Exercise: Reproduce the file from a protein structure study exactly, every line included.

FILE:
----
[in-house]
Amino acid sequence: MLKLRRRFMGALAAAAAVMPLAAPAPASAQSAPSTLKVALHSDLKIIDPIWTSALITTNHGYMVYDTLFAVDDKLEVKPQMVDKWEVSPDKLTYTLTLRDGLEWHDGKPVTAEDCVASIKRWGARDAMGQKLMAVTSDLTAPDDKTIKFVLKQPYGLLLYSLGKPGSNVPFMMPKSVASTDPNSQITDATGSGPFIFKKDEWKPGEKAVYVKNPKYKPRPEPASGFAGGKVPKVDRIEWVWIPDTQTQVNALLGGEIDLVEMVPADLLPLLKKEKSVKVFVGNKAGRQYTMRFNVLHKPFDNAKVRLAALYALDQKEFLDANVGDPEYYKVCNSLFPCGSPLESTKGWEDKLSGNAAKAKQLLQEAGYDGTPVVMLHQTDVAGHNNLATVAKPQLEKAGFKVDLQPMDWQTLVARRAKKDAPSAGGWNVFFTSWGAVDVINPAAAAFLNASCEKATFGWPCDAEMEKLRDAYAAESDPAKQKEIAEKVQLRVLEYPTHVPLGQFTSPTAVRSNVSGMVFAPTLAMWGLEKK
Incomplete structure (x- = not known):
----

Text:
[in-house]
Amino acid sequence: MLKLRRRFMGALAAAAAVMPLAAPAPASAQSAPSTLKVALHSDLKIIDPIWTSALITTNHGYMVYDTLFAVDDKLEVKPQMVDKWEVSPDKLTYTLTLRDGLEWHDGKPVTAEDCVASIKRWGARDAMGQKLMAVTSDLTAPDDKTIKFVLKQPYGLLLYSLGKPGSNVPFMMPKSVASTDPNSQITDATGSGPFIFKKDEWKPGEKAVYVKNPKYKPRPEPASGFAGGKVPKVDRIEWVWIPDTQTQVNALLGGEIDLVEMVPADLLPLLKKEKSVKVFVGNKAGRQYTMRFNVLHKPFDNAKVRLAALYALDQKEFLDANVGDPEYYKVCNSLFPCGSPLESTKGWEDKLSGNAAKAKQLLQEAGYDGTPVVMLHQTDVAGHNNLATVAKPQLEKAGFKVDLQPMDWQTLVARRAKKDAPSAGGWNVFFTSWGAVDVINPAAAAFLNASCEKATFGWPCDAEMEKLRDAYAAESDPAKQKEIAEKVQLRVLEYPTHVPLGQFTSPTAVRSNVSGMVFAPTLAMWGLEKK
Incomplete structure (x- = not known):